Pinochet’s Agrarian Counter-Reform

On 11 September 1973, the fury of Pinochet’s dictatorship was unleashed on rural men and women. Terror spread throughout the country, with armed civilians hunting down union leaders and peasants, either killing them, imprisoning them, or making them disappear.

The report of the National Commission for Truth and Reconciliation acknowledges that between 11 September and 31 December 1973, 285 peasants and 31 employees of agricultural institutions were executed or disappeared at the hands of state agents. This accounted for 85 percent of the total recorded deaths and disappearances — 324 people — which clearly illustrates the speed and ferocity with which the military targeted the peasant sector.

The arrests and torture of peasants were the result of an alliance between police forces and landowners. There is no separate record of the arrests of peasants, but based on report classifications, it can be estimated that around 8,000 people linked to the rural sector were detained.

Francisca Rodríguez remembers:

When repression came, the peasant organization was the most repressed throughout the whole military dictatorship. Comrades were imprisoned and tortured. Comrades disappeared and reappeared, but others never did. The peasants of Lonquén were buried alive, or the seven peasants from Curacavi, who were taken by Carabineros on the night of September 17 and shot in Cuesta Barriga. The crimes of the dictatorship were orchestrated by landowners. The police, along with landowners, chased peasants. Young people, children, and many peasants were killed in front of the doors of their homes, and their fate remained unknown until the dictatorship ended, because people were afraid to find out what had happened.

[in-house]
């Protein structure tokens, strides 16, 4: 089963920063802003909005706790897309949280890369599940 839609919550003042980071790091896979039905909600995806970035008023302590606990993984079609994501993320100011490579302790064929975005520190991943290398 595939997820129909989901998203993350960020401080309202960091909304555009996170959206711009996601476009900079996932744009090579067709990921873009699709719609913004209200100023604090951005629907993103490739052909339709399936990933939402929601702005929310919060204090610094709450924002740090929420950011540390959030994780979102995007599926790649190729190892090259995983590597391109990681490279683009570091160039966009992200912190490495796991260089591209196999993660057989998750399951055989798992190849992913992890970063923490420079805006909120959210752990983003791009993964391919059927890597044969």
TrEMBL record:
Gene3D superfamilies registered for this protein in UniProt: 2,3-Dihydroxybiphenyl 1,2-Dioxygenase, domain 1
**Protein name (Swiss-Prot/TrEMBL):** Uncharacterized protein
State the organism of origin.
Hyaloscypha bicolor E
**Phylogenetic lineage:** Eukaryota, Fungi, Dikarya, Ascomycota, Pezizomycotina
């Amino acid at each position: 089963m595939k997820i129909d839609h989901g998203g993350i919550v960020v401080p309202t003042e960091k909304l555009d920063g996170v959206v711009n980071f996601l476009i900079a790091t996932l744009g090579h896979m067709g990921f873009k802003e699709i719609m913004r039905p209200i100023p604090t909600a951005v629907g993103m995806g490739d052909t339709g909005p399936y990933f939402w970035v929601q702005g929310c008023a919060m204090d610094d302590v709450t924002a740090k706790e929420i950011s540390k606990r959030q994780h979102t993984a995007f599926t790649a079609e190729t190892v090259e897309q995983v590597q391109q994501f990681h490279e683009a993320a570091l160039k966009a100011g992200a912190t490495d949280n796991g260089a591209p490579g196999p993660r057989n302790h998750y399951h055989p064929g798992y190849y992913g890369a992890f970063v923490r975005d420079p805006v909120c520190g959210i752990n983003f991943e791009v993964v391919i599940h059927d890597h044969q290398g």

There is a place that everyone calls Callejón de las viudas (“Widows’ Alley”) in Paine, a community in the metropolitan region of Santiago in the Maipo province, surrounded by farmland. It is a place of memories, a vivid reminder of the atrocities that occurred in October 1973. It was home to 70 people, mostly peasant union leaders who benefited from Allende’s agrarian reform. According to their accounts, the Carabineros (Chilean police) entered homes, raided them, beat the men, and took them away. They said they would have their statements taken, but never returned.